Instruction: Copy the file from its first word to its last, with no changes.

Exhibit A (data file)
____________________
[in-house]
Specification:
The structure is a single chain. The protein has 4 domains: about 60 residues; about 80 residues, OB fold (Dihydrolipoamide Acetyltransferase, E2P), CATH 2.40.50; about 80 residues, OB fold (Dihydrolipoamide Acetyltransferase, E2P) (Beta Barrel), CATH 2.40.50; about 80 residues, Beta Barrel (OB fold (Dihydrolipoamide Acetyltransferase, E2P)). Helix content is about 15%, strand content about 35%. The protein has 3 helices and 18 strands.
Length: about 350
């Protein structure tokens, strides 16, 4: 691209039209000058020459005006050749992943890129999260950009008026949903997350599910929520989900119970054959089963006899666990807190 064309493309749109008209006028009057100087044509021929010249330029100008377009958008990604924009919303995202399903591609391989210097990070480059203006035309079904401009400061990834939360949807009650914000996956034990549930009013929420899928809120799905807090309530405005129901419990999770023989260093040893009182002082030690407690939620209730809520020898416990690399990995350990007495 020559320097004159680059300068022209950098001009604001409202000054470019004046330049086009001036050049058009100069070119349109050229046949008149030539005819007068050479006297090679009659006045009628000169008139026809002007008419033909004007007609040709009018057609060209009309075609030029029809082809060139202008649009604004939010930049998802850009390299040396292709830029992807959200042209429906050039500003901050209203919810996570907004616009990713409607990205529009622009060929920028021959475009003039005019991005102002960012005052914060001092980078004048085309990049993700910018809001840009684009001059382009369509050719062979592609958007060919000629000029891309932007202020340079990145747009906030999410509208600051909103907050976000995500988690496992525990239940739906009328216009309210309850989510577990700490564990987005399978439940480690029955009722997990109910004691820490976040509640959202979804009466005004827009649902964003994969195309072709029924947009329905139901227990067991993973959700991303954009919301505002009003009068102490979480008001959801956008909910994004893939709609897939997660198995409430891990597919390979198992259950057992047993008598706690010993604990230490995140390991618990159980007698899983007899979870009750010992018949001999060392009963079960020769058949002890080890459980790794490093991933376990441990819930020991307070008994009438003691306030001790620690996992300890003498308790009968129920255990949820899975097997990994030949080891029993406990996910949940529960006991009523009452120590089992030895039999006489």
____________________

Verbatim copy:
[in-house]
Specification:
The structure is a single chain. The protein has 4 domains: about 60 residues; about 80 residues, OB fold (Dihydrolipoamide Acetyltransferase, E2P), CATH 2.40.50; about 80 residues, OB fold (Dihydrolipoamide Acetyltransferase, E2P) (Beta Barrel), CATH 2.40.50; about 80 residues, Beta Barrel (OB fold (Dihydrolipoamide Acetyltransferase, E2P)). Helix content is about 15%, strand content about 35%. The protein has 3 helices and 18 strands.
Length: about 350
């Protein structure tokens, strides 16, 4: 691209039209000058020459005006050749992943890129999260950009008026949903997350599910929520989900119970054959089963006899666990807190 064309493309749109008209006028009057100087044509021929010249330029100008377009958008990604924009919303995202399903591609391989210097990070480059203006035309079904401009400061990834939360949807009650914000996956034990549930009013929420899928809120799905807090309530405005129901419990999770023989260093040893009182002082030690407690939620209730809520020898416990690399990995350990007495 020559320097004159680059300068022209950098001009604001409202000054470019004046330049086009001036050049058009100069070119349109050229046949008149030539005819007068050479006297090679009659006045009628000169008139026809002007008419033909004007007609040709009018057609060209009309075609030029029809082809060139202008649009604004939010930049998802850009390299040396292709830029992807959200042209429906050039500003901050209203919810996570907004616009990713409607990205529009622009060929920028021959475009003039005019991005102002960012005052914060001092980078004048085309990049993700910018809001840009684009001059382009369509050719062979592609958007060919000629000029891309932007202020340079990145747009906030999410509208600051909103907050976000995500988690496992525990239940739906009328216009309210309850989510577990700490564990987005399978439940480690029955009722997990109910004691820490976040509640959202979804009466005004827009649902964003994969195309072709029924947009329905139901227990067991993973959700991303954009919301505002009003009068102490979480008001959801956008909910994004893939709609897939997660198995409430891990597919390979198992259950057992047993008598706690010993604990230490995140390991618990159980007698899983007899979870009750010992018949001999060392009963079960020769058949002890080890459980790794490093991933376990441990819930020991307070008994009438003691306030001790620690996992300890003498308790009968129920255990949820899975097997990994030949080891029993406990996910949940529960006991009523009452120590089992030895039999006489």